- The white arrows just determine the speed of transition.
- To add a new segment, click a segment, right-click and choose
- Note: Each segment has independent and values (shown in the example). This means you can easily create "abrupt" transitions.
- If you don't want abrupt transitions, click the color button, copy the html value, open the color of the next segment, and paste the value in.
To make a custom pattern:
- Scribble your pattern on a new layer
- Open the tab in the Patterns drop-down.
- Click to get a preview.
- Krita will automatically take only the visible areas, cutting away excess transparent areas.
Now switch to your brush with "Pattern" as source and draw away.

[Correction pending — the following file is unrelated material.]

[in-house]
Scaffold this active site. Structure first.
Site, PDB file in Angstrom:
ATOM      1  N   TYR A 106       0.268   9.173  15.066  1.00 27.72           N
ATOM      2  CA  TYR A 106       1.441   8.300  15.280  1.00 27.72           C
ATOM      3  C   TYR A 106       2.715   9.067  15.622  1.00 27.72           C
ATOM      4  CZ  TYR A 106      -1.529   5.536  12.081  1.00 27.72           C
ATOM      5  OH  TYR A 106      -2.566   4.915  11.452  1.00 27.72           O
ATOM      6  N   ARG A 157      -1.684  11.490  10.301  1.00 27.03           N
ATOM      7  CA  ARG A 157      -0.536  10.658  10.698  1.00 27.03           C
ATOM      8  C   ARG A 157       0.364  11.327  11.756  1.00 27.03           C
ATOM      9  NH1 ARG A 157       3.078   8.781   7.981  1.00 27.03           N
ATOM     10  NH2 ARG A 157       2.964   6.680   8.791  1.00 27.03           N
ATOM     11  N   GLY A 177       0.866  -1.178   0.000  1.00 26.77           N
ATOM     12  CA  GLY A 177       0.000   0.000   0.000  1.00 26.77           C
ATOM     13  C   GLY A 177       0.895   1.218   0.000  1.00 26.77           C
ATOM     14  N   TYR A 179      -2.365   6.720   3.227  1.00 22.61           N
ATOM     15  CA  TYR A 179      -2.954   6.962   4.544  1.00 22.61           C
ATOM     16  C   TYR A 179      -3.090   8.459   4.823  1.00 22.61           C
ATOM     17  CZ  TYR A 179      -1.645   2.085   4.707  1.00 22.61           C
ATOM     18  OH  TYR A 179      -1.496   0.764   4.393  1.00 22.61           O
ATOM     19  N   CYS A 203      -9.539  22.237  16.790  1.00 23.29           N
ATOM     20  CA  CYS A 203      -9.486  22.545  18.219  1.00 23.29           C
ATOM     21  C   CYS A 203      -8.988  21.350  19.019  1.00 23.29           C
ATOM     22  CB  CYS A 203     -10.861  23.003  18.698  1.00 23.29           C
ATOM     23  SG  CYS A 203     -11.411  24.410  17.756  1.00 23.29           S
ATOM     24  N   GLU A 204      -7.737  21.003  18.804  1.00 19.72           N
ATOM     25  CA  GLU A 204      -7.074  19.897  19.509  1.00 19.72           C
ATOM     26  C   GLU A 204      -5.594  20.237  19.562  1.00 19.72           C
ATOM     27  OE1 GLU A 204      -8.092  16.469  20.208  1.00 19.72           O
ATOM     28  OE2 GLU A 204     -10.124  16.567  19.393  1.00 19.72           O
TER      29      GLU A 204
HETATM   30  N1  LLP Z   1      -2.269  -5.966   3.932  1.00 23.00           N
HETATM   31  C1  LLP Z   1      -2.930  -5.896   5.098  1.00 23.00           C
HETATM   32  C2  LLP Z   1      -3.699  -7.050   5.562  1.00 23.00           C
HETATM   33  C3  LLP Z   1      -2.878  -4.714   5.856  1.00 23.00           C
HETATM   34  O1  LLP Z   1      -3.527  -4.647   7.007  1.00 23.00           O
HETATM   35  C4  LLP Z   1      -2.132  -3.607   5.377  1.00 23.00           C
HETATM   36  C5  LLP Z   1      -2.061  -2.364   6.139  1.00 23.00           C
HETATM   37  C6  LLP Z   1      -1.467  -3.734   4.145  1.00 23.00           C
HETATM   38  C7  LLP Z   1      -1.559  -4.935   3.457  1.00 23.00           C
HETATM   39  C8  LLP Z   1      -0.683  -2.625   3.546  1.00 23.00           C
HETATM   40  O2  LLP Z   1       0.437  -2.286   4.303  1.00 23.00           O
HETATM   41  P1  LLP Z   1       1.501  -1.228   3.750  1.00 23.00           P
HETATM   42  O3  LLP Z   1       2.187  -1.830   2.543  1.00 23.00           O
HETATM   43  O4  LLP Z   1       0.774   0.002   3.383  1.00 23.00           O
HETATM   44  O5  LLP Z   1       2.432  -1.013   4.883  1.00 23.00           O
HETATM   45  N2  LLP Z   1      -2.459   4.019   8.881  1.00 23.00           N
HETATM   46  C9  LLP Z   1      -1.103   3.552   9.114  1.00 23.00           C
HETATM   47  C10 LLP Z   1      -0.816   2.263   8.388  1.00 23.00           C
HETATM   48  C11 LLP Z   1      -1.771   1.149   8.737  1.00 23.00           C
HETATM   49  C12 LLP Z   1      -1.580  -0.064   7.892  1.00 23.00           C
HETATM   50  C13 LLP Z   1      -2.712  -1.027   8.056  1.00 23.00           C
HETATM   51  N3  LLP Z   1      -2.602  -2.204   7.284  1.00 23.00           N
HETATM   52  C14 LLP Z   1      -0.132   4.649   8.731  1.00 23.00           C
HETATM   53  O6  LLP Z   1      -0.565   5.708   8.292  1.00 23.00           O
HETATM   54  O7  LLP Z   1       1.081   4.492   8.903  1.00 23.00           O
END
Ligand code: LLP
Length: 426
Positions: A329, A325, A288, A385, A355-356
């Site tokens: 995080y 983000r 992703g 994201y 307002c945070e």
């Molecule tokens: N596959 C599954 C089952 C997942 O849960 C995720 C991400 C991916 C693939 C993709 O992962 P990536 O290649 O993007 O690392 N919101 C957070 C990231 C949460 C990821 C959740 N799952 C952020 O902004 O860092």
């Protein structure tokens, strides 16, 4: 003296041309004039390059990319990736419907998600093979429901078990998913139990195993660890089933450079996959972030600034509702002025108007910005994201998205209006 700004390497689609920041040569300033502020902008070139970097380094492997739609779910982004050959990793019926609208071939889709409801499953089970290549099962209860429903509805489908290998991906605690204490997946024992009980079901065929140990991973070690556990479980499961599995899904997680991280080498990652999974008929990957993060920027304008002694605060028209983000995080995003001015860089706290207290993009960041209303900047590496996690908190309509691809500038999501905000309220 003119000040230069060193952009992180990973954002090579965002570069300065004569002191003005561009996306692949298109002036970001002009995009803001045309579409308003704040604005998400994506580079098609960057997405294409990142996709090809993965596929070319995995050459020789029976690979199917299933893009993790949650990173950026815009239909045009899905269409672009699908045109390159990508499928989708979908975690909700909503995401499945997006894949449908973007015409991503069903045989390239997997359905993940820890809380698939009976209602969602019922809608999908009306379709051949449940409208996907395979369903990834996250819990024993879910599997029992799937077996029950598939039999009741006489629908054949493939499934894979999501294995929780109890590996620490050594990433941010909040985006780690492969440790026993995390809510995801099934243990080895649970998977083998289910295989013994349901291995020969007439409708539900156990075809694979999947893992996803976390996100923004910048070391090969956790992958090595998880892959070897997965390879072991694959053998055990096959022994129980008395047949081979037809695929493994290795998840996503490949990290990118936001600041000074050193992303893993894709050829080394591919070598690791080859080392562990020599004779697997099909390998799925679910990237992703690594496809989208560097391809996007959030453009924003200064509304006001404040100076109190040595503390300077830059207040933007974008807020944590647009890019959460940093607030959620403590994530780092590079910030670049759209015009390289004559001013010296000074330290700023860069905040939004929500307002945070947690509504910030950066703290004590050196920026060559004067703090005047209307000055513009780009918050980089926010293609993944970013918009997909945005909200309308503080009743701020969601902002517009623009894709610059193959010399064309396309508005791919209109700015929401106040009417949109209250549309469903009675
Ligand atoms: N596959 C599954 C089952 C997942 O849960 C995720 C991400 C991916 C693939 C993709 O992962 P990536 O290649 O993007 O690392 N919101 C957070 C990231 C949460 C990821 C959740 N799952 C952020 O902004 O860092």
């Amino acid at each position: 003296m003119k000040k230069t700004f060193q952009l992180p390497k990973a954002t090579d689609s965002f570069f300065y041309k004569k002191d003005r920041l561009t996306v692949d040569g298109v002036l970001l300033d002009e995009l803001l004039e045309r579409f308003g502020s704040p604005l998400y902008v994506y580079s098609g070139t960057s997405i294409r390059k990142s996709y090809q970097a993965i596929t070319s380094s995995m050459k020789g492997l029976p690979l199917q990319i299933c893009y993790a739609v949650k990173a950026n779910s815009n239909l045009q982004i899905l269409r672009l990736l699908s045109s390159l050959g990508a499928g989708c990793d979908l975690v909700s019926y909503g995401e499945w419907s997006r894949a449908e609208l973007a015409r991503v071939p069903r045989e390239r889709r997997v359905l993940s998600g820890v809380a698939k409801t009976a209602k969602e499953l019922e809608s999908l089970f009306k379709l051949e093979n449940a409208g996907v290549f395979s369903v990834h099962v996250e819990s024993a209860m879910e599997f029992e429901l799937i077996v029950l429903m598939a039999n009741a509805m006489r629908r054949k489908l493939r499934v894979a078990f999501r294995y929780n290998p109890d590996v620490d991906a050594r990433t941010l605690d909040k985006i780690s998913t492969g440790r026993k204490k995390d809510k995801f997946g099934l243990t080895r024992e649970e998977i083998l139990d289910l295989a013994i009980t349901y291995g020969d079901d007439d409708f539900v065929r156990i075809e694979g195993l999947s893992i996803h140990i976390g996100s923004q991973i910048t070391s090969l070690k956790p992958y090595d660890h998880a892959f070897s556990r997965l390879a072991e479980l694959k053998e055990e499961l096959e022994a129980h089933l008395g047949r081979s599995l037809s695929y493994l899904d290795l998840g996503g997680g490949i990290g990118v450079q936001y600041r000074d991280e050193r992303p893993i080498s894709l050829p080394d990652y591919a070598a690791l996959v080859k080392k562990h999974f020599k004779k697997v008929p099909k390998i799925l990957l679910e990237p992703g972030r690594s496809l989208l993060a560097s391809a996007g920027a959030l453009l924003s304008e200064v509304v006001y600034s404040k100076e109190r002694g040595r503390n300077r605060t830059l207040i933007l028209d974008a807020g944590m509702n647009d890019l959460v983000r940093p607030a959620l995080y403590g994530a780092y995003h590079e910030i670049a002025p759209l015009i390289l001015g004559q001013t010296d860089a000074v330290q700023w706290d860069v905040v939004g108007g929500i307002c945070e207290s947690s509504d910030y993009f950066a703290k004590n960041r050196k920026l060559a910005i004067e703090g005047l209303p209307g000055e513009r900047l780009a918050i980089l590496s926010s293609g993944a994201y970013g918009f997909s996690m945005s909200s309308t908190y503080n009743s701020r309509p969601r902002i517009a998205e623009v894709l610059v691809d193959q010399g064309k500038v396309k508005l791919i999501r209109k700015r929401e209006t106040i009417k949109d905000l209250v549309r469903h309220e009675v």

The following dynamics only work with:
Darken and HSV
- makes your color a bit darker, I haven't found another use for it
- , and take your base color and vary its HSV value
To illustrate what they do, I have activated the following dynamics:
- Distance: 300 pixels, no repeat
- Two curve settings: full range, and smaller changes around the center value
just darkens your color.
With HSV, the center value corresponds to your base color. If you vary, then and won't change, but the hue will, etc. In theory this allows you to create small to large variations in HSV value.
However there's a much easier way of doing this: with.
- With , will use the range of colors between your foreground and background colors.
- With , will use the range of colors of the gradient.
This makes it very easy to have brushes with varying shades of color.
If, for example, you want to make leaves with varying shades of green, you just have to have two green shades as foreground and background colors, and turn on.